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by _Christian_ In reply to

1 - Well taken, I am looking into it.
2 - There are specifics with Windows installation parameters settings which make me think that the answer is not suitable, but I check it all the same.
3 - You are clearly a fan of SElinux ;-)
4 - Did not tell me anything new.

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by Nico Baggus In reply to Call for advice

ad 1) Also you can look into ClarkConnect or
IPCop that are built for firewalling.
ClarkConnect is real easy to manage (it is RH
based) IPCop is a firewall only distro.

ad 2) Do you need RIS or then I agree with the
previous poster. For plain linux maybe:
http://www.tldp.org/HOWTO/Remote-Boot.html

ad 3) Redhat is good, If you want to use RedHat
without the support you could look into white
box or just browse around http://distrowatch.com
or ClarkConnect for it's ease of use.
my personal favorite is Gentoo because of the
ease to add a new package if it is needed.

ad 4) I agree again with the previous poster.

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by _Christian_ In reply to

1 - I was already looking into IPCop, but I had not found the other - checking it out.
3 - And you ssem a fan of ClarkConnect ;-)
Never checked Gentoo, checking it out next.

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by Marcel Lecker In reply to Call for advice

1) Most hardened and firewall seem to be somewhat different questions:

If you specifically want a firewall, look at Astaro, esmith, Smoothwall, IPcop, etc. They are prefab, function-specific distros that do a great job with nice features and set-up without a lot of fuss.

As for most hardened distro.
White Glove, Devil Linux, and Engarde Linux come to mind (I only have experience with later and it is pretty good). SE-Linux is very good I hear, though apparently a bit tricky to set-up right. The Bastille script is also pretty good. There are other tools to consider as well like ACID, etc. OpenBSD is another option, though it is only secure by default, once you start enabling and adding things to the default, you need to know what you are doing.

2) I know SUSE's Enterprise offering (SLES 9) has something like it, that but nothing else I'm aware of. No idea of how well it works.

3) Friendly or secure?

If you want friendly there are some nice tools that come along with SUSE, Redhat/Fedora, Madrake/Mandriva, etc.

If you want something a little more lean and tight (sans GUI), you might want to look at Gentoo, Debian, Slackware, LFS, etc. Webmin on top of this is another option, but if security is something you are considering strongly, it would represent a number of possible weaknesses to mitigate.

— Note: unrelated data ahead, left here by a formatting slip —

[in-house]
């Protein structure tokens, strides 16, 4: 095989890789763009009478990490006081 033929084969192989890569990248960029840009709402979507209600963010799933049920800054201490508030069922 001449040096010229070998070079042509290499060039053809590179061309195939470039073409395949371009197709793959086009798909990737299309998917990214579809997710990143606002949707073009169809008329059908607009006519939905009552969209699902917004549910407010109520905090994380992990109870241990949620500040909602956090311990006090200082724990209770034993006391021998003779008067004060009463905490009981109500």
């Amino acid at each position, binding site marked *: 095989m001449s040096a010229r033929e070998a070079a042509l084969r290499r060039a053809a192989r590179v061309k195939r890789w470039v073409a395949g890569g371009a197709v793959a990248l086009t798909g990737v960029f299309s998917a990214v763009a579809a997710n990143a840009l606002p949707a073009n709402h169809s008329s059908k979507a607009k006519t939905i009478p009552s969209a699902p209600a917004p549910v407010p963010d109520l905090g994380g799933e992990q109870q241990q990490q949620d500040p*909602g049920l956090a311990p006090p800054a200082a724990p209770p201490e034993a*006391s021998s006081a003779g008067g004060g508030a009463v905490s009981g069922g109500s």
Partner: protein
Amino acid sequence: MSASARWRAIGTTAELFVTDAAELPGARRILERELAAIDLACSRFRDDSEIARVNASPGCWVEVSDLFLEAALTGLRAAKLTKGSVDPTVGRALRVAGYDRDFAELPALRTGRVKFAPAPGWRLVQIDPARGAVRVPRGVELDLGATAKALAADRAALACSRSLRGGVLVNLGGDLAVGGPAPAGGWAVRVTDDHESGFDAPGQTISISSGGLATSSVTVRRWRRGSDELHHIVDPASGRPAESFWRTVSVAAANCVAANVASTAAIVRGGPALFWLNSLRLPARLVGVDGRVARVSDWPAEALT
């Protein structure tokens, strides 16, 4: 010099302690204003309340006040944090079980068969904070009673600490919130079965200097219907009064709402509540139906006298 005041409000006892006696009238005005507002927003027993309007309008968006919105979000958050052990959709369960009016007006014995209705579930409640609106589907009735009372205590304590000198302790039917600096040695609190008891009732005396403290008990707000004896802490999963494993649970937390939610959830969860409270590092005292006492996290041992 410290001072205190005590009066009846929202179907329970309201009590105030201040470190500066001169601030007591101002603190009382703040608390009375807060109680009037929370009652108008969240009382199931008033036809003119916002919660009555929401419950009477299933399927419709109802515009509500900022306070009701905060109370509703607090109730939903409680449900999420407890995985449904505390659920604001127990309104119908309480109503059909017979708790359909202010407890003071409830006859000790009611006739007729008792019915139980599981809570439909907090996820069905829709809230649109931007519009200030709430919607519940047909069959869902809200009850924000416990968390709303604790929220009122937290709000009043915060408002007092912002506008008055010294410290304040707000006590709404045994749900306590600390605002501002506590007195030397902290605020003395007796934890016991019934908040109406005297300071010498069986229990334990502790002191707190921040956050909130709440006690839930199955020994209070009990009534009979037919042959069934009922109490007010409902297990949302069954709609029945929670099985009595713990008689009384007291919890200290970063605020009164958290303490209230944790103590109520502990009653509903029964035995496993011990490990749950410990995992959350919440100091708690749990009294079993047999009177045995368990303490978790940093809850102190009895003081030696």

Again there may be some function specific distros worth a look. Have a look at:
http://www.linux.org/dist/list.html
and use a search function to ferret out some of the features you are after.

4) If security is important to you, don't try to do it all with one box (complexity and Security/stability are mutually opposed). Start with a targetted distribution when you can, make sure it is actively maintained (pay attention to the release cycle - and responsiveness re. patching), it's tougher to harden something big and complex than something small and simple.

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by _Christian_ In reply to

1 - Longest answer, but still divergent answers rather than convergent advice singling out a 'best of'. But you also list SELinux, so I will consider it as such for now.
2 - Checking it out.
3 - A list again rather than an advice, but you also mention Gentoo, so I take this as a vote.
4 - Nothing new here for a seasonned IT pro... true to any O/S and software.

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by _Christian_ In reply to Call for advice

I did not get all the answers I wanted.

Some was new, but most was infos I had already found.

I am disappointed.

Since no more answer come, I will therefore close the question, and give an even share to those few who answered, to thank them for their time.

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by _Christian_ In reply to Call for advice

This question was closed by the author